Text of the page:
I happened upon Hillary Clinton's latest Twitter missive today and was flabbergasted by the size of the response chain, over eleven thousand responses at the time. What was more staggering was how many of the responses appeared to be from agenda-driving bots/botnets, spewing the most awful sort of nonsense, Pizzagate-level idiocy at an inhuman velocity. Botnets are a serious problem, and online platforms like Twitter are aiding and abetting massive propaganda operations that are moving political needles all over the world.

The Oxford Internet Institute has great reports on these operations, their mechanics, their effects, and methods for tracking the bots and botnets:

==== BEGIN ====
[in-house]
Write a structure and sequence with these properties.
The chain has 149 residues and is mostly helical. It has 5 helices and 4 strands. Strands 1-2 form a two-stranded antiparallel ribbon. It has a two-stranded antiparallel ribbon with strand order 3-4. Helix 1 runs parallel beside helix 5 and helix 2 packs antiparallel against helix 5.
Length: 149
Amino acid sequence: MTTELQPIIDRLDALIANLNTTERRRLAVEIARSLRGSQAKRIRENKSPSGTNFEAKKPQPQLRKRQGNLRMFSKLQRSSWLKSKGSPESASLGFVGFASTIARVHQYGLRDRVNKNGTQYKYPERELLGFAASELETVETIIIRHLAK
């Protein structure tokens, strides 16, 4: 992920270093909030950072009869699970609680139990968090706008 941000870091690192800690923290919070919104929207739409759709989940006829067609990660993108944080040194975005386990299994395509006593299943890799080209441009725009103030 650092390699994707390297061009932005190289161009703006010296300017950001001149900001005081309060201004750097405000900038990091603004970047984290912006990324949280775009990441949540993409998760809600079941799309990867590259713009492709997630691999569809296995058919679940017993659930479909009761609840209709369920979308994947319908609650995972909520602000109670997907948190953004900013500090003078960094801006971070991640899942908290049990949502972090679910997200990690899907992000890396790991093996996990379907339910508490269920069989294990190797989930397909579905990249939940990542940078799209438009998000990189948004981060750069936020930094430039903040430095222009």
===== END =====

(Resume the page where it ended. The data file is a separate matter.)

Most concerning is the fact that companies and campaigners continue to conveniently undersell the effects of bots. The quantitative analysis of this working paper aims to partially settle the question of bot influence so that we can begin to address the realities of bot manipulation more directly. Bots infiltrated the core of the political discussion over Twitter, where they were capable of disseminating propaganda at mass-scale. Bots also reached positions of high betweenness centrality, where they played a powerful role in determining the flow of information among users. Several independent analyses show that bots supported Trump much more than Clinton, enabling him to more effectively set the agenda. Our qualitative report provides strong reasons to believe that Twitter was critical for Trump’s success. Taken altogether, our mixed methods approach points to the possibility that bots were a key player in allowing social media activity to influence the election in Trump’s favour. Our qualitative analysis situates these results in their broader political context, where it is unknown exactly who is responsible for bot manipulation – Russian hackers, rogue campaigners, everyday citizens, or some complex conspiracy among these potential actors. Samuel C. Woolley & Douglas Guilbeault, “Computational Propaganda in the United States of America: Manufacturing Consensus Online.” Samuel Woolley and Philip N. Howard, Eds. Working Paper 2017.5. Oxford, UK: Project on Computational Propaganda.<>. 27 pp.